The latest version of a bill by
to override California's management of its water system and undermine environmental protections — in the name of emergency drought relief and food security — is longer and more detailed than the ones that preceded it, but much the same in its substance: It offers little in the way of actual drought relief and even in years of abundant supply would serve Central Valley agricultural interests with new taxpayer-financed dams.
Like several previous iterations, H.R. 2898 by Rep.
(R-Hanford) is moving forward with no public hearing. The Republican-controlled House, which ought to reject the bill as a big-government boondoggle, is instead likely to pass it and quickly send it on to the Senate.
A competing Democratic bill, H.R. 2983 by Rep.
(D-San Rafael), has some areas of overlap. Like the Valadao bill, it reasonably calls on the federal government to accelerate feasibility studies for a number of proposed dams that have been stuck for years in the planning phase. Republicans, of course, have faith that the dams will pencil out and will be funded. Many
are convinced that the yield numbers — the amount of additional water that would be stored and the associated dollar cost — would be so paltry as to finally put an end to the discussion.
In other areas, though, the Huffman bill is starkly different and frankly much smarter, focusing on updating federal water policies and practices that today are firmly rooted in outdated, mid-20th century knowledge and technology. It would keep on track a court settlement requiring gradual restoration of an essential state resource, the now dried-up San Joaquin River (Valadao's bill would attempt, somehow, to supersede the agreement), and would keep intact a process under which scientists rather than politicians determine how much flow through the Sacramento-San Joaquin River Delta is needed to protect endangered fish species (Valadao's bill would grant Congress micromanagement power over the process; Valadao has acknowledged that his ultimate goal is to repeal the Endangered Species Act). Huffman's bill would demand that a good business case be made for any new infrastructure.
In the upside-down world of California water, where conservative Republicans often sound like liberal Democrats and vice versa, the fate of any federal legislation to help the state deal with its water crisis is likely in the hands of Democratic U.S. Sen.
, who introduced and then withdrew her own bill last year. It had many elements of the House Republican package. She set forth her case for this year's version, which is not yet public, in a Times op-ed last month.
In the article, Feinstein, like Valadao and Huffman, called for quick completion of feasibility studies for dams and other infrastructure. And yes, by all means, it is high time that federal engineers and number-crunchers complete their work and tell us how much new dams would cost, how they expect to fill them using the same number of rivers that can't currently fill the dams we already have, and how their costs and projected yields compare with the bevy of local recapture, recycling, desalination and conservation projects that are coming online all over Southern California and are financed mostly by the ratepayers who reap the benefits.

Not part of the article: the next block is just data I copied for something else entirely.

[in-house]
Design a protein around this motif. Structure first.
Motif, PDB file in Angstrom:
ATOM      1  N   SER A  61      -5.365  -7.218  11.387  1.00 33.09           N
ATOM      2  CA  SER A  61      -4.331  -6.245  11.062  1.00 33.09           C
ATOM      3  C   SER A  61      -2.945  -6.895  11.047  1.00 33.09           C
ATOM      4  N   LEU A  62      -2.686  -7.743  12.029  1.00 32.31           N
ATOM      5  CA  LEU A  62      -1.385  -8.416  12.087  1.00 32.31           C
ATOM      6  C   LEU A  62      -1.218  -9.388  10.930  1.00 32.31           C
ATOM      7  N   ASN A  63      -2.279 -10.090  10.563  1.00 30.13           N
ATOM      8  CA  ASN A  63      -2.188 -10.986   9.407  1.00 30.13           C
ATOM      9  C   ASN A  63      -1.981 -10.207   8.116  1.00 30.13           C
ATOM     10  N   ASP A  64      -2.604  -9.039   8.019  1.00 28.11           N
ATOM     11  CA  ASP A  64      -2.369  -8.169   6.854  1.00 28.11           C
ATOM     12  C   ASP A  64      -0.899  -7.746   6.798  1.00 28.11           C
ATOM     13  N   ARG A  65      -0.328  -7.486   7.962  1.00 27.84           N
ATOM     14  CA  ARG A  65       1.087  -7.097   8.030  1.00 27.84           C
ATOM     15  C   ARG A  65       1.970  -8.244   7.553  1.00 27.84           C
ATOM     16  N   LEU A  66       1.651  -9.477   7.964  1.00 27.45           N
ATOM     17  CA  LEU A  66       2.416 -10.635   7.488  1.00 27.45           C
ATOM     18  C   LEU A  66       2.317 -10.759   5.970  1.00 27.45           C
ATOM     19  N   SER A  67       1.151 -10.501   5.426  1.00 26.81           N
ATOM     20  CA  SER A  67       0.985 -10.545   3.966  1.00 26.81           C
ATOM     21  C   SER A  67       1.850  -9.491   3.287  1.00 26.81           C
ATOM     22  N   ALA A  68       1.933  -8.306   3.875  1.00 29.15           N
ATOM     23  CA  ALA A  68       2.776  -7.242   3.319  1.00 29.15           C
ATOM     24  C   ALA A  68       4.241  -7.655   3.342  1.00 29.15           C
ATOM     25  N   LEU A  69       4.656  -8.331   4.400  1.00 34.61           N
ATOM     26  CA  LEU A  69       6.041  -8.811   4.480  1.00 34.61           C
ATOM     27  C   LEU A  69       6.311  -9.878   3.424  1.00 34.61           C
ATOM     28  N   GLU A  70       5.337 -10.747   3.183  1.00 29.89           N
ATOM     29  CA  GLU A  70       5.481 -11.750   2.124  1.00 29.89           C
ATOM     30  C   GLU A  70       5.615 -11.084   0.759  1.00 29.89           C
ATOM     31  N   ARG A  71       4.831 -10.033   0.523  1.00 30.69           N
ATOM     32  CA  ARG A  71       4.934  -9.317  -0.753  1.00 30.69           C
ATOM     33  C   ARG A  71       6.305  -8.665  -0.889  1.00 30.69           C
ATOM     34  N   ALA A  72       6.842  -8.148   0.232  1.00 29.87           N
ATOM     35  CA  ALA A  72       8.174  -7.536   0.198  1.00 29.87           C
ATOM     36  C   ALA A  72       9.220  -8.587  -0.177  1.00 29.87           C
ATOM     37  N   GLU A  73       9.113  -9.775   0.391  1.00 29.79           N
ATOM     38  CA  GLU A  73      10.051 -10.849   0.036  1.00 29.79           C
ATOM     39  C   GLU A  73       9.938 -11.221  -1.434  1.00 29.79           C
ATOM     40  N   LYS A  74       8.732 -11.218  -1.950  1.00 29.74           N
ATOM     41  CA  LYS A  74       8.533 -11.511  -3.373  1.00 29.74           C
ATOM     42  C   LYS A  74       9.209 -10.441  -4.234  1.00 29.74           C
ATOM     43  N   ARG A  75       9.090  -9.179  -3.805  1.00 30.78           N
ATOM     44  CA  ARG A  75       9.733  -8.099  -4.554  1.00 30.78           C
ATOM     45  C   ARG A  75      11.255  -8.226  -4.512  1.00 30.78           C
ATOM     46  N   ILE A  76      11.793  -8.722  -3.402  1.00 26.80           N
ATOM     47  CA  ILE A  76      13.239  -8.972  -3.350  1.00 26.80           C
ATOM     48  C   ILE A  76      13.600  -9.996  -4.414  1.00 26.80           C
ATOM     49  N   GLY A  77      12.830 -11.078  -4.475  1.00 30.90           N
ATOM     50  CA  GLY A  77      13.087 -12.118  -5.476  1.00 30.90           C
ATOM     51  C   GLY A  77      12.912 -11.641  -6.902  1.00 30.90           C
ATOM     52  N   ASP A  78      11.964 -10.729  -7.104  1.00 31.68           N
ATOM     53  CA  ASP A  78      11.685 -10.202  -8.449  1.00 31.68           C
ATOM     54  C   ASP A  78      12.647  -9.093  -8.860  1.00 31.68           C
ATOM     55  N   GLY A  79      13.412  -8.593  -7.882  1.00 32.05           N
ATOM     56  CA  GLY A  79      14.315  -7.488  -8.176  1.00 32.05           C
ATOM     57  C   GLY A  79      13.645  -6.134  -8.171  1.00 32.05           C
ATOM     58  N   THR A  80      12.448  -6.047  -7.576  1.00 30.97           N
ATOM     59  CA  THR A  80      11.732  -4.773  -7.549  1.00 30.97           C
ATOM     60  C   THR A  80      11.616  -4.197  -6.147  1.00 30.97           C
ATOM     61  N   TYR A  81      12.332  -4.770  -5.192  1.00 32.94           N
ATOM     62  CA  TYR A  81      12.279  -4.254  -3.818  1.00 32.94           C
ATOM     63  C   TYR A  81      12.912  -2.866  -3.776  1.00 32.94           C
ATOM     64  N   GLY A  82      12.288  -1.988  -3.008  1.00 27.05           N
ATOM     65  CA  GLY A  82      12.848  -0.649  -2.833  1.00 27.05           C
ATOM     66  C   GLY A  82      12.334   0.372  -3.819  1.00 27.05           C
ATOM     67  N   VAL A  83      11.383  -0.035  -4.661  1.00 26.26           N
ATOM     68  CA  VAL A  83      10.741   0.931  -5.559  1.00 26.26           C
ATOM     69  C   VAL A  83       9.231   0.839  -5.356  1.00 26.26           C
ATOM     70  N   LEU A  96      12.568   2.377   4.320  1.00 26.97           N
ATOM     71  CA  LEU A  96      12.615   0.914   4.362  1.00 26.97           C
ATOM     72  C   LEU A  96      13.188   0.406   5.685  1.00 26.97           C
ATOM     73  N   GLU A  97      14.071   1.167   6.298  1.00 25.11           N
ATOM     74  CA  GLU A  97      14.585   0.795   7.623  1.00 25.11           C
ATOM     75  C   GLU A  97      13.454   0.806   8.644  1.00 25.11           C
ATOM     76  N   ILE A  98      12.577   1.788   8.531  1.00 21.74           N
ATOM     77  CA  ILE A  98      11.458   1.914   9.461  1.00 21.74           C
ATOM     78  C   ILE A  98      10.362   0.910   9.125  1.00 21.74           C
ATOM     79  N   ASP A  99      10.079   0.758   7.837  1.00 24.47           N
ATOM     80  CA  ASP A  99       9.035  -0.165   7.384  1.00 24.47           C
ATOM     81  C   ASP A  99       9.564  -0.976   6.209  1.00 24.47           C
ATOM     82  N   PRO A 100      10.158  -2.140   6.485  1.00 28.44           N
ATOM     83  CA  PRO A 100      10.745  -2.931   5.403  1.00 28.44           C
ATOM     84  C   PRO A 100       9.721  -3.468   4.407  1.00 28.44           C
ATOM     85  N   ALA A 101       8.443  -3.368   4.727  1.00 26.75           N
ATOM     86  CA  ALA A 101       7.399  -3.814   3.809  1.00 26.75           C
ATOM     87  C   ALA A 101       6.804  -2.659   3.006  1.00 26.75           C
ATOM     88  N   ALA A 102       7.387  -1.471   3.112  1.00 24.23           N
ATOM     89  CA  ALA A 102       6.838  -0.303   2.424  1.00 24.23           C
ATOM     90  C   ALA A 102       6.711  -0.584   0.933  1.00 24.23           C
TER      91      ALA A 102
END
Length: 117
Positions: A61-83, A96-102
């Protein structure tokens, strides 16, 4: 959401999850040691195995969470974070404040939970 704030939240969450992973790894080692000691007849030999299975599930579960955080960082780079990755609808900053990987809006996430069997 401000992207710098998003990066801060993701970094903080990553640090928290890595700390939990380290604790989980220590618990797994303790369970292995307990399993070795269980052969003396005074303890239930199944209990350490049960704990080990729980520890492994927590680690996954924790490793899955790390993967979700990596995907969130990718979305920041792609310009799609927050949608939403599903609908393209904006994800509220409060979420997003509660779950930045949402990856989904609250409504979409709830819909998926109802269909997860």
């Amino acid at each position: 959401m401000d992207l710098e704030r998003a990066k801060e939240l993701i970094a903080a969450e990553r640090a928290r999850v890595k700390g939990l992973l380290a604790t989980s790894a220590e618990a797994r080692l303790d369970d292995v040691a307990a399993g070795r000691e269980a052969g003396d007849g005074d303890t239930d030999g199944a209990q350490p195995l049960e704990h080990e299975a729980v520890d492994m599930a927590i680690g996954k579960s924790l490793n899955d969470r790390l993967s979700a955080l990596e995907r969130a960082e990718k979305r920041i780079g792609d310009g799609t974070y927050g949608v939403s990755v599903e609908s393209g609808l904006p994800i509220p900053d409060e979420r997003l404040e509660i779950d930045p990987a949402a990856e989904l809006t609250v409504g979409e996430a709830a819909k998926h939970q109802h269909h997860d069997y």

The rest of the federal government's role in water — not just in California but throughout the West — could stand some rethinking. Through much of the 20th century that role was in building monumental storage projects, usually based on grossly underestimated costs but often deemed worth the deception and expense — and the government-subsidized windfall reaped by a few lucky landowners — because of the agricultural abundance and urban growth that resulted.
That role should not continue unchallenged. California certainly grew, likely beyond its capacity to produce and deliver water using the techniques and relying on the goals of the past. Now Westerners need federal assistance in understanding, planning for and coping with the widely predicted continuing climate volatility and the loss of water supplies that were once deemed limitless but can no longer be taken for granted. Local governments could perhaps use federal help with the kinds of alternative projects that Feinstein proposed in her op-ed, such as wastewater recycling — if, that is, federal investments can be reasonably justified as benefits to the public, broadly, and not merely as subsidies for particular communities or interest groups that want water but don't want to pay what it costs to capture and deliver it. There may well be a federal role in building dams and other infrastructure, if the numbers support them. California and other states may need federal assistance in brokering interstate water transfers. But federal “help” based on outdated needs, technologies and interests is no help at all.
can force positive and productive change. Last year offered two such examples: Gov.
demanded and lawmakers passed a bill to finally begin a process to measure and govern the use of groundwater, despite seemingly eternal resistance to such a move by water rights holders. And Brown and the Legislature finalized, and voters approved, a water bond that had been kicked around Sacramento for nearly a decade before coming to the ballot.
But crises can produce bad ideas as well, through panic, opportunism or inattention. The Valadao bill is chock-full of such bad ideas. California is counting on Feinstein not to embrace them, because whatever federal role in water is crafted now, during the drought, will shape the state for decades to come, for good or bad, and whether or not the rains return.